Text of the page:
Good Business Leaders Use Intuition to Make Decisions

ImageDecision making is constant in business. Advancing products, engaging employees, responding to customers all while keeping a careful eye on the bottom line. It is the basic function of a leader to be continuously selecting priorities and taking action. Multitasking and constant awareness come with the territory of being in charge. The only stop to the ongoing process is shut-eye. Not resting, deep sleep.

Every person, whether in a leadership role or not, confronts hundreds, thousands even tens of thousands instinctual decisions throughout a given day. Some are instantaneous, or as we classify “automatic”, while others require in-depth analysis. We all have an internal analytic engine, taking everything we know, we collect and can reference based on experience to churn out a decision. We are the greatest sources of our own big data!

As technologists find ways to host, gather and exploit bytes by the billions and trillions of data from others, our own brain functions as the largest processor of data. Enabling us to act quickly or deliberately, at the speed of which best suits the need for a decision. Not everyone utilizes their “big data” engine in the best way, whether from a lack experience or knowledge, impairment or perhaps ignorance to what the data shows. The result, bad decisions.

In business, some can be plagued by the constant role as Decider-in-Chief. This often results in procrastination or delayed decisions. The common impact is action taken “too late”. The organization depends on a leader to make impromptu decisions, while also taking deliberate actions to lead to the “best” decision given a certain set of facts. Organizations need deciders to execute plans, activate programs and assign activities that drive results.

Good leaders often have a good sense of intuition. They use gut check analysis and set plans into action, without the noticeable analysis that others might use in trying to determine the path forward.  Where did they acquire such skill?  Repetitive decision making. Leaders know they have to make decisions, they are accustomed to their role and have the experience of accepting fault and risk with taking action. This training builds confidence and a strong basis for intuition. Making decisions over and over again in practice builds an intuitive leader.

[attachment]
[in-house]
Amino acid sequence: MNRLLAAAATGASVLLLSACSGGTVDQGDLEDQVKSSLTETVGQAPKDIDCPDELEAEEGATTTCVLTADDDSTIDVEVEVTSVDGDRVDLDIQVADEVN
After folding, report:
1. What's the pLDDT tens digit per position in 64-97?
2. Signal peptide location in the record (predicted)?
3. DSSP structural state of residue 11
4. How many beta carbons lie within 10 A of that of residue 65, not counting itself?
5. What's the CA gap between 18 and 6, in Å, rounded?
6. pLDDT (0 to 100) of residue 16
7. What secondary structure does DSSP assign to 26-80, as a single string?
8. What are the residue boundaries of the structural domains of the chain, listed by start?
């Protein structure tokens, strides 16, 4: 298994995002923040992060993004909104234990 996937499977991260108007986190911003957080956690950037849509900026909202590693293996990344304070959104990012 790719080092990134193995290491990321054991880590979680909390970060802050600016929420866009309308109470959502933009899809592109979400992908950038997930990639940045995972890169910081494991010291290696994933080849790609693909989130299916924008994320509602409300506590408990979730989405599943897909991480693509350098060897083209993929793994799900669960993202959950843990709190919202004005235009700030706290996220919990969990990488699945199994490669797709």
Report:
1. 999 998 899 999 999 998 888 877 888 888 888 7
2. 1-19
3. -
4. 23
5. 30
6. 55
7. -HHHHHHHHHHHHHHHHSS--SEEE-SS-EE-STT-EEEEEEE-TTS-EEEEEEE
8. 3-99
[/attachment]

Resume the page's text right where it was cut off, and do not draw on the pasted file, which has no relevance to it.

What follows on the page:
Some researchers claim that intuition results in a physical experience, a shiver, an image or the often unexplained deja vu.  Others may use the intuitive nature of a dream to set a plan into action. The remembrance seems to create a comfort in the decision, having the sense of knowing the outcome. Beyond the intangible means from which confidence results, the facts are that when decisions are needed, strong leaders will act. Knowing inaction often results in increased pressure, stress and potential problems, making a decision, right or wrong, seems to give a sense of relief.  Decisions invoke power and progress.

There is no magic in intuition, it’s brain power. It is knowledge. Intuition is using information, filtering and making a judgment based on experience. The continuous practice of using intuition creates a platform to control quality of decisions and use of perception or quick insight, without compromising confidence.

Intuition is not “inherent”, it is learned.  The origin of the word dates back to the 1400’s as a reference to contemplation. There are many times that intuition will lead to proven conclusions; however, a leader will not always use it quickly and without process. There is often a misnomer that intuition means instant, without regard for facts or experience. It does not. It means using your better judgement and trusting your thoughts, your ideas and your role as a decision maker. It is using your intuition to move forward.

Your time is limited, so don’t waste it living someone else’s life. Don’t be trapped by dogma – which is living with the results of other people’s thinking. Don’t let the noise of others’ opinions drown out your own inner voice. And most important, have the courage to follow your heart and intuition.” – Steve Jobs

Jamie Glass, President and CMO at Artful Thinkers @jglass8

Wishing, Wanting and Hoping Does Not Work in Business

AtlasWhat works in business is “doing”. Executing the plan requires effort. It is the muscle, the labor and the heavy lifting that gets the job done.

If you are wishing a prospect calls you to buy something, the wait is long. If you are wanting people to respond to your awesome tweet, the anticipation is agonizing. If you are hoping a great venture capitalist recognizes your incredible invention, your desires can go unfulfilled.

The message is not harsh or meant to burst your bubble. It is a direct call to action. Your wish, want and hope strategy needs reconsideration. It is not time to give up. It is time to change your strategy. Winners get rewarded for hard work. They do what others won’t do and that is how they win.

The sales person that makes the most calls, nurtures the most relationships and asks for the close multiple times, makes the sale. The marketing person that gets their message out through multiple channels using frequency and smart engagement tactics sees return on their marketing investment. Business leaders who knock on many doors to showcase their compelling business models that are producing multiple returns with predictable growth get the call backs from the investor community. Those that are putting their nose to the grindstone are realizing the rewards. The rewards of hard work.